“The ability to remove more material faster, while maximizing tool life and part finish are all important to customers,” says Robb Weinstein, senior vice president of Sales and Strategic Planning at Gibbs and Associates.
To help ensure this, GibbsCAM has a plug-in for Spring Technologies’ NCSIMUL application, which assists programmers with NC program analysis and verification, and provides machine-tool simulation with error and gouge detection. One could argue that this is well beyond what is required for a sheet metal application, but user-defined machine-tool models are required here, too. In fact, anything that gives the user more visibility, speed, and power is desirable. Mastercam, which brands itself as the most widely used CAM software worldwide, is well aware of this.
“Mastercam also has built-in machine simulation which uses the programmed tool paths to demonstrate the motion of the tool and part on a model of the customer’s machine,” says Kelly McCormick, controller at In-House Solutions, a Mastercam reseller with headquarters in Cambridge, ON. “Blade Expert is a new tool path that has been added to Mastercam specifically to aid users in the machining of multi-blade parts. As a result, the time needed to create the necessary tool paths for this style of part is drastically reduced.”
The logic is simple enough. If there are symmetrical tool paths, as is often the case with sheet metal, generation time can be reduced as paths performed on a single blade can be copied and applied to the other blades on the part. As well, in sheet metal applications “live” geometries also have relevance.
“A live geometry is one that can be edited or modified at any time,” says McCormick. “If this geometry is modified, tool paths that are referencing the modified paths can be regenerated to account for the changes to the geometry without having to reselect any of the geometry.”
The bigger picture
Advanced CAD/CAM software can allow product engineers to fully evaluate a design’s performance before ever building a physical prototype. Simulations can be done on large assemblies, as well as on smaller components to focus on critical areas. But getting the financials right, and having the data flow into larger manufacturing solutions, is also key. This is where integration with a larger solution can help.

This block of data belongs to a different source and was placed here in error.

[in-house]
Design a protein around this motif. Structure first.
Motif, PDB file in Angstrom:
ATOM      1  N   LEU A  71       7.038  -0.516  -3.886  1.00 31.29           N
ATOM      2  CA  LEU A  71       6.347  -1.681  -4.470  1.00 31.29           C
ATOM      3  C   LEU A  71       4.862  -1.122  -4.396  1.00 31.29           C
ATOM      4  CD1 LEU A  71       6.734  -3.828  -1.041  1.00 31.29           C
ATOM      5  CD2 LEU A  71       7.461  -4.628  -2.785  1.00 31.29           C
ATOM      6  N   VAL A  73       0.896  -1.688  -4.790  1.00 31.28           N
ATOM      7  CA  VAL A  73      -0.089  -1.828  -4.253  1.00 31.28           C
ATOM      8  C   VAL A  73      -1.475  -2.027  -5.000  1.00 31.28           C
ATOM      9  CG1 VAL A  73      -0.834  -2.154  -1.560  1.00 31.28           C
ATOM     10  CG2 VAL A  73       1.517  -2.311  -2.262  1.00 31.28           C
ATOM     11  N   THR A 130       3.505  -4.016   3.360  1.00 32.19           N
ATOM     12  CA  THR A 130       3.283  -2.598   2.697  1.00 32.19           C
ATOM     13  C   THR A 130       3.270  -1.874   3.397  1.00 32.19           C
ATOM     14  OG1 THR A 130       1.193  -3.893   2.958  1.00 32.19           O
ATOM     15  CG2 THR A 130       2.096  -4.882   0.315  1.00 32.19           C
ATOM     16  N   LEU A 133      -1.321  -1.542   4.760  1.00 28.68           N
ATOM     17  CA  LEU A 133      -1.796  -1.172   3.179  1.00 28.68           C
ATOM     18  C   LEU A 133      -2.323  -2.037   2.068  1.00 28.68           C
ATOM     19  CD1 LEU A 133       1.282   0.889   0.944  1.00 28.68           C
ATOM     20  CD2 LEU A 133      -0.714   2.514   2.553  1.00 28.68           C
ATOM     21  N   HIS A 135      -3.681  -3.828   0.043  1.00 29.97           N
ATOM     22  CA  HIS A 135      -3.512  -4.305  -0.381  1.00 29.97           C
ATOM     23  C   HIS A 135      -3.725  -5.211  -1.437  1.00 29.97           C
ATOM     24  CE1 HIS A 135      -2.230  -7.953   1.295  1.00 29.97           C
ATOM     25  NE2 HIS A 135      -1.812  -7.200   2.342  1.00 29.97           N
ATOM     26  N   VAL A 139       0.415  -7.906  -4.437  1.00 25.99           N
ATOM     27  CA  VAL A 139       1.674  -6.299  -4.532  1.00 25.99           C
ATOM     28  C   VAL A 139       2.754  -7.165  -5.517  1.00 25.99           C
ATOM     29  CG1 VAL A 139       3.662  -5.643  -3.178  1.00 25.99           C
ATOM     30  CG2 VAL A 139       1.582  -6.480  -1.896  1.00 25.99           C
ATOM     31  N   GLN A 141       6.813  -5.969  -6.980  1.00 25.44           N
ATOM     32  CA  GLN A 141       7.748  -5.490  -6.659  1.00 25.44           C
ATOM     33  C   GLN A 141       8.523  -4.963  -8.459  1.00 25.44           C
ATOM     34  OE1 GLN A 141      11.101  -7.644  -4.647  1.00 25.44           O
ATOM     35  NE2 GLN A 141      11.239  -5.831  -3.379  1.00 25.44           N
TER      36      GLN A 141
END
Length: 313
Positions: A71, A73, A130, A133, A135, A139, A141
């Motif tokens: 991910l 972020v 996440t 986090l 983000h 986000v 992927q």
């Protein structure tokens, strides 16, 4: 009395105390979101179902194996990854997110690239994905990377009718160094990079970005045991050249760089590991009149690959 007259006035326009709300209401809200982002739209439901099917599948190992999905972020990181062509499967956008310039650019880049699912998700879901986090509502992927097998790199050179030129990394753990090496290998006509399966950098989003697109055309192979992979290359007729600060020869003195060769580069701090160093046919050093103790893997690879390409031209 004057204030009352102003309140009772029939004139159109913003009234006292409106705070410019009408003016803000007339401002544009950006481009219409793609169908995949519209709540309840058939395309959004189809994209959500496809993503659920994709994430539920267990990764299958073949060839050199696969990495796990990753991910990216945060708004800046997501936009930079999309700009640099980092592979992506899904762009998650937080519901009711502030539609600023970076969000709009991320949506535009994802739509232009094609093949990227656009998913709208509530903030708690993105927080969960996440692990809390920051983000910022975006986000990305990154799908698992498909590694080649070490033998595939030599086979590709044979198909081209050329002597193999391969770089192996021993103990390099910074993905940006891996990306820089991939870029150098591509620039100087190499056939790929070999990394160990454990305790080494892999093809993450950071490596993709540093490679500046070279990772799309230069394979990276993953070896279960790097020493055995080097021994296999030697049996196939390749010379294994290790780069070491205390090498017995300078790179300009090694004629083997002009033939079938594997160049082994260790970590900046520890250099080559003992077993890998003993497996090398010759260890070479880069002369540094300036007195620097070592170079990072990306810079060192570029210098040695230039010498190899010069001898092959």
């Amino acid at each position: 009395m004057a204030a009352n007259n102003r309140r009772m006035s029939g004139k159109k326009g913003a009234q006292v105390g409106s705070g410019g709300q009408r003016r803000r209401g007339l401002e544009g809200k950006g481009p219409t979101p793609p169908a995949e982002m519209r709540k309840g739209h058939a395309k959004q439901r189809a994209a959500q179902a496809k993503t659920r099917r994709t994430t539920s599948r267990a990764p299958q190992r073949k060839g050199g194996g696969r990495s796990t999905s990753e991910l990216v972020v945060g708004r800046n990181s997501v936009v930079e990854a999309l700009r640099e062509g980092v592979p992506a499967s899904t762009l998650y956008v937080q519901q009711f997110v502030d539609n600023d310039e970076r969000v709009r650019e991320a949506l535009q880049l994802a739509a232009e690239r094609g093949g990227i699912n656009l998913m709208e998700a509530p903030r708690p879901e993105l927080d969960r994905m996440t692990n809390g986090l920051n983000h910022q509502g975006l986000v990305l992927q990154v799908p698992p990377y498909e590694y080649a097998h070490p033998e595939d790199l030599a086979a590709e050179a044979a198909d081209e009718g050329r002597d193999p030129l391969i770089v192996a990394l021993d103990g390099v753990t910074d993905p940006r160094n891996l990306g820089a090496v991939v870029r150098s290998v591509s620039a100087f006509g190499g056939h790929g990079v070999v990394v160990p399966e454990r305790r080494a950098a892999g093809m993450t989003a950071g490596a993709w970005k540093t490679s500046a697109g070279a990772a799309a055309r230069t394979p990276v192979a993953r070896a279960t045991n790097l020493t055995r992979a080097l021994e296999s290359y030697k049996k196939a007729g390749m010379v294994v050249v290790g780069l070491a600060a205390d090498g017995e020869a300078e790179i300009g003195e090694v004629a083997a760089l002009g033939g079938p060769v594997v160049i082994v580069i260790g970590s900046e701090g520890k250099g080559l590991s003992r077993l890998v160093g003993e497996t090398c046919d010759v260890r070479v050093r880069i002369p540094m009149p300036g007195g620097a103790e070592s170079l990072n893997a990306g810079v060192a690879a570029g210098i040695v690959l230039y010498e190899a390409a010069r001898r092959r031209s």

“Genius Solutions develops manufacturing management software designed for small to medium-size enterprises,” says Julie Bouffard, marketing coordinator at the Montreal company. “It is also an integrated solution for the CAD program SolidWorks, bringing the essentials of Genius Manufacturing to designers and drafters.”
Specifically, the software module is called GeniusWorks, which integrates the essentials of the company’s flagship program, Genius Manufacturing, to allow designers to share SolidWorks items and bills of material.
“We specialize in Make to Order (MTO) and Engineer to Order (ETO),” says Bouffard. “No special skill is required; you just need to get some training.”
The result is significant time savings with few – if any – mistakes due to duplicate data entry. The software can also access inventory and transaction histories, link production drawings to work orders, and track the hours spent on design and R&D projects. But to get the most value you have to be willing to take some – but not a lot – of time to get your people up to speed.
“Genius software is quick to set up and easy to use,” says Bouffard. “We offer a complete package: we develop, we do the implementation, we support, and we have classroom training to help our customers improve.”
Aside from the Genius Manufacturing solution to optimize operations the company, which is a Microsoft Gold Partner, the company also has Genius Productivity, which establishes standard times for processes and then measures for productivity improvements – or delays.
Top image: Lantek Systems